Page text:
🔼The name Cainan in the Bible
The occurrence of the name Cainan in Luke 3:36 as the son of Arpachshad is a bit of a mystery, albeit a contested one. The original genealogy of Genesis 11:13 does not contain this Cainan but the Septuagint does. Hence critics conclude that Luke used the flawed Septuagint and copied its mistakes into his gospel.
But, note others, this Cainan fellow only occurs in later versions of the Septuagint. Older copies follow the genealogy of the Book of Genesis accurately. And it's then concluded that both the Septuagint version that Luke used and Luke's original gospel never contained Cainan the son of Arpachshad, and this name was erroneously inserted into both at later dates.
Only when archeology and Scripture Theorists were able to determine which version was the oldest, was the original discovered, but up until this present day, the gospel of Luke contains an extra Cainan.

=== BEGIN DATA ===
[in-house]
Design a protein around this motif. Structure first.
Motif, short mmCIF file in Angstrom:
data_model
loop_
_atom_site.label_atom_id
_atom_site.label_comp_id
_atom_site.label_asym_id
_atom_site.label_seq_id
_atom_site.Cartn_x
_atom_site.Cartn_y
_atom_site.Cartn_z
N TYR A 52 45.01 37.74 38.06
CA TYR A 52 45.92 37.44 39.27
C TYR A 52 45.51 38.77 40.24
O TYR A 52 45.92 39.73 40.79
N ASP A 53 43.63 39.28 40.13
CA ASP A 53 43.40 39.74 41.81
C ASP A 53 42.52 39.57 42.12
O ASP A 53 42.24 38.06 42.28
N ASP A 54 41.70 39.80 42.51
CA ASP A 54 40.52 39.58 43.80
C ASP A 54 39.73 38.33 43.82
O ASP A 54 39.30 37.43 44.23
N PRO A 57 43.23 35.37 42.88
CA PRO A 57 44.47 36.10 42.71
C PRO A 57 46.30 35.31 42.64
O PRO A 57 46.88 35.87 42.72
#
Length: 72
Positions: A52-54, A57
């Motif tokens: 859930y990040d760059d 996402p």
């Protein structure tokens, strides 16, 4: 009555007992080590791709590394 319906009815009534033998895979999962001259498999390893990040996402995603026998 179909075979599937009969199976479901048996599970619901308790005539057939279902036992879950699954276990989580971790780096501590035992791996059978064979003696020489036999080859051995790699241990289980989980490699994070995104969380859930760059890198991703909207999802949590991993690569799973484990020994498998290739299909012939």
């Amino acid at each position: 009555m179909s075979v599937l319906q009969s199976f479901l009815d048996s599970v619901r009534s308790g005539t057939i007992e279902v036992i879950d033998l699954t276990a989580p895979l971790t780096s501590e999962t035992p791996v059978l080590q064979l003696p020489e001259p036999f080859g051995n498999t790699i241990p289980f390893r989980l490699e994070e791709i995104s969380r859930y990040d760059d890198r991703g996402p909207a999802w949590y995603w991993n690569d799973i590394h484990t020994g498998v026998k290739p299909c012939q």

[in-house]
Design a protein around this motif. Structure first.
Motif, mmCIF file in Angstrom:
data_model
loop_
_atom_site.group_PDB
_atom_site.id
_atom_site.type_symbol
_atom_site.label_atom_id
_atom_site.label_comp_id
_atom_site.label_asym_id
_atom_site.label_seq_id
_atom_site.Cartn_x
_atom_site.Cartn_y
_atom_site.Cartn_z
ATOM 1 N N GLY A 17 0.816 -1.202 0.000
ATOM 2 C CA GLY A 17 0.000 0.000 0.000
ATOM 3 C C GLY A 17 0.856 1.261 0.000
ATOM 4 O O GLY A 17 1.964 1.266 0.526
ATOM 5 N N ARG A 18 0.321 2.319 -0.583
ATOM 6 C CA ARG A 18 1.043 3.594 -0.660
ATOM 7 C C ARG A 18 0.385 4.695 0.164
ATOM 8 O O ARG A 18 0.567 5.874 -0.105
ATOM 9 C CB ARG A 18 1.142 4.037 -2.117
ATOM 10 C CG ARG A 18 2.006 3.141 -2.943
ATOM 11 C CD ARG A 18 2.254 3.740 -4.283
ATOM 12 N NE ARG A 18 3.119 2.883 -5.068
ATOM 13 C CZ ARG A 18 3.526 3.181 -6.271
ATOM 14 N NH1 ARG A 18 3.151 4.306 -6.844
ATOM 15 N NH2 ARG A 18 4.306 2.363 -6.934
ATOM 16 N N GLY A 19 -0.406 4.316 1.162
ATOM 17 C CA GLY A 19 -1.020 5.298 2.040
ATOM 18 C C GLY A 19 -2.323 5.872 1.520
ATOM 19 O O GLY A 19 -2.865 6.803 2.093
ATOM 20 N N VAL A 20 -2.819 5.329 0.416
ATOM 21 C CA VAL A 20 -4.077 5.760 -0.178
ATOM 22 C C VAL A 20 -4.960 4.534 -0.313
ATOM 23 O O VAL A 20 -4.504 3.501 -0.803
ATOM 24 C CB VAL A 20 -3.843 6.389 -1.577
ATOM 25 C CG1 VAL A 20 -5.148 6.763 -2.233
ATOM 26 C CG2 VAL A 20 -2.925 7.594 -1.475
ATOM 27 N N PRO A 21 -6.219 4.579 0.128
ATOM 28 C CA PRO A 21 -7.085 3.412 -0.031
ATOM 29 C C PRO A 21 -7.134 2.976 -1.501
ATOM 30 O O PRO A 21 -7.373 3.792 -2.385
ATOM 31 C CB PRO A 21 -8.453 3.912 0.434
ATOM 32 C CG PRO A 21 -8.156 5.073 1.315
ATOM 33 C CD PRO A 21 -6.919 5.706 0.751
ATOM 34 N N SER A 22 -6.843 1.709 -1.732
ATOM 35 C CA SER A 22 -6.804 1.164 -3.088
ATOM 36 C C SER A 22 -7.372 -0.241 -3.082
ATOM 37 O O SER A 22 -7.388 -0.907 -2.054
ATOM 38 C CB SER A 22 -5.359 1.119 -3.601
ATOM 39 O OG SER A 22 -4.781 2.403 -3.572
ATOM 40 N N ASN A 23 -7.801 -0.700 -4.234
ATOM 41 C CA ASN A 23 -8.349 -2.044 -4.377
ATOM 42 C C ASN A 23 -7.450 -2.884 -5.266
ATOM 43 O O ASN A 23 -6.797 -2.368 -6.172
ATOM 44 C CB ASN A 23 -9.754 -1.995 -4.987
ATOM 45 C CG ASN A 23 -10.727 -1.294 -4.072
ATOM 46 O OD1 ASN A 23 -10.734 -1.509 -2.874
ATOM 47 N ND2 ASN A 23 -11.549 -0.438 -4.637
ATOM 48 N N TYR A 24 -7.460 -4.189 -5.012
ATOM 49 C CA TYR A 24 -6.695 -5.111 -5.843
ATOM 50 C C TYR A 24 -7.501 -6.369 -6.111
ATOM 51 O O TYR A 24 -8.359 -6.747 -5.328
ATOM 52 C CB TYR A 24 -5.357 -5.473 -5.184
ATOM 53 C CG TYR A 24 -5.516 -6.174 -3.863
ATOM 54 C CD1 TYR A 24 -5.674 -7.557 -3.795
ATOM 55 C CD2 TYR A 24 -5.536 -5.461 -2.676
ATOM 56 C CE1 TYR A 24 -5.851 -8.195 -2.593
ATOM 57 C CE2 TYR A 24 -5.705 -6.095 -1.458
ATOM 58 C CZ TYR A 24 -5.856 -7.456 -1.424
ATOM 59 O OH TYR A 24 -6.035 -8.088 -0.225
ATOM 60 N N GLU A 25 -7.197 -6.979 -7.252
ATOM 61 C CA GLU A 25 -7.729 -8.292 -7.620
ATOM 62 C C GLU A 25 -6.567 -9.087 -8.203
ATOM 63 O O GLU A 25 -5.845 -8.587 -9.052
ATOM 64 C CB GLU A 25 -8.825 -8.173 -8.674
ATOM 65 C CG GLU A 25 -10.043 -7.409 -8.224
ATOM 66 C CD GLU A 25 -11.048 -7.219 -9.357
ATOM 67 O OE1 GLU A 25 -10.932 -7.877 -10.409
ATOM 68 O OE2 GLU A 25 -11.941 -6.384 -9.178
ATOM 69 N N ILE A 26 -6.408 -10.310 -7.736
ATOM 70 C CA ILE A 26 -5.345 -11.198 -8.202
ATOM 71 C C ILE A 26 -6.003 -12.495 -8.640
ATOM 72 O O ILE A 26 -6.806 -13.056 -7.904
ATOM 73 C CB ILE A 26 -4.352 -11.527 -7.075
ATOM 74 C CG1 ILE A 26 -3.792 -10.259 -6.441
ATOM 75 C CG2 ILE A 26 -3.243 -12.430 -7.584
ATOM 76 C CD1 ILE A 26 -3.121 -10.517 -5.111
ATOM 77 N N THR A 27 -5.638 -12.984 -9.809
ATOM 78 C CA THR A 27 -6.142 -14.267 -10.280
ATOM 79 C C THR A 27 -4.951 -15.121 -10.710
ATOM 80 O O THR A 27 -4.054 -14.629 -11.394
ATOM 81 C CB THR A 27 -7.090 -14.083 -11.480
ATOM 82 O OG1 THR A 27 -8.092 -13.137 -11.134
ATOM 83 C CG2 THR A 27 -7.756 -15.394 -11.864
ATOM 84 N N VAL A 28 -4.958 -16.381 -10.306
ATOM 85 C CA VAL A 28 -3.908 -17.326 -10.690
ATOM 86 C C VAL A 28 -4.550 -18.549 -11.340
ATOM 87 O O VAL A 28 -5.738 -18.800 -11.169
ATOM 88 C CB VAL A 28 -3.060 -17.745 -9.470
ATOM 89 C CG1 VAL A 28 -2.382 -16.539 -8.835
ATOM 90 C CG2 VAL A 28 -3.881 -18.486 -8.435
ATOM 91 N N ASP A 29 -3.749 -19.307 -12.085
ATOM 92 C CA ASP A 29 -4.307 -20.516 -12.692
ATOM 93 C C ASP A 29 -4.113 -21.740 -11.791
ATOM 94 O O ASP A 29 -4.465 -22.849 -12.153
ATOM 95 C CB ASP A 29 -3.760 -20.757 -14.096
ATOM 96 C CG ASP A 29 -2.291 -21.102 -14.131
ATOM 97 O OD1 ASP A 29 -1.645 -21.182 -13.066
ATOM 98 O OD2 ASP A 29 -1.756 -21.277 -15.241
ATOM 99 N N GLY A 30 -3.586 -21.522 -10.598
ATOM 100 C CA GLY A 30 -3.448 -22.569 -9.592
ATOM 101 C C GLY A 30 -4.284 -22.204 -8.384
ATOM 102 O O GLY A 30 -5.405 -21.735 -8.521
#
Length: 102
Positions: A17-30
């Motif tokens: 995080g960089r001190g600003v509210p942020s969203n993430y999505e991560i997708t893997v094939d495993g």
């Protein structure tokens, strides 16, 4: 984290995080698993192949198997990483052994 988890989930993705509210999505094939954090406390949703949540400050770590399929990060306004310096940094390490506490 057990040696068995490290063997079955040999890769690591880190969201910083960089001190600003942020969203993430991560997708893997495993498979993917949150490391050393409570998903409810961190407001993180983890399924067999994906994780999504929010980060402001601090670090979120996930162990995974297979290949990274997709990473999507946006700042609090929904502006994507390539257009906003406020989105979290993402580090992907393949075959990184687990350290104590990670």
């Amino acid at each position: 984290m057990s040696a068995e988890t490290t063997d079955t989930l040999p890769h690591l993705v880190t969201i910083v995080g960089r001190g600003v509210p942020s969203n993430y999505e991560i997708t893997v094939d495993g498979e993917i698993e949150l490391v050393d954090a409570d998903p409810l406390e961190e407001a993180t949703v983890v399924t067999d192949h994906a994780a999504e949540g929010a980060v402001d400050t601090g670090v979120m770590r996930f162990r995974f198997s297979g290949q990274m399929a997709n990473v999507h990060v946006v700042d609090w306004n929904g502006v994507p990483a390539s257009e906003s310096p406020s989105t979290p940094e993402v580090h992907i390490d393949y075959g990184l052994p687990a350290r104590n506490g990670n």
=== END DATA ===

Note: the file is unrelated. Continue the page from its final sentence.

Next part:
🔼Etymology of the name Cainan
The gospel of Luke uses the same Greek spelling to write the name of Cainan the son of Arpachshad and Kenan, the son of Enosh, the son of Seth (Luke 3:37; Genesis 5:9). Both names apparently come from the root cluster קנה ,קין and קנן:
Alfred Jones (Dictionary of Old Testament Proper Names) maintains that the name Kenan is the same as Cain, and translates both with Possession. But the name Kenan is not identical to that of Cain, because it has an extra nun. Sometimes a nun is added to a verb to indicate a personification (verb + nun = guy who does the verb) but that personification is usually accomplished by means of the waw-nun combination.
Here at Abarim Publications we like to think that the names Cainan and Kenan derive from the verb קין (qin), meaning to chant a dirge (Amos 8:10). That would give both these names the meaning of Lamenter.
Alfred Jones, however, looks at the related name Kenite and feels there is a relation with the verb קנן (qinnen), meaning to make a nest. That would give our names the meaning of Nester. Perhaps to the Hebrews the crying of the eagle sounded like lamenting, but perhaps the two have nothing to do with each other.
NOBSE Study Bible Name List reads Fixed for both Cainan and Kenan, perhaps related them to the nest-making verb, or else the acquiring/creating verb.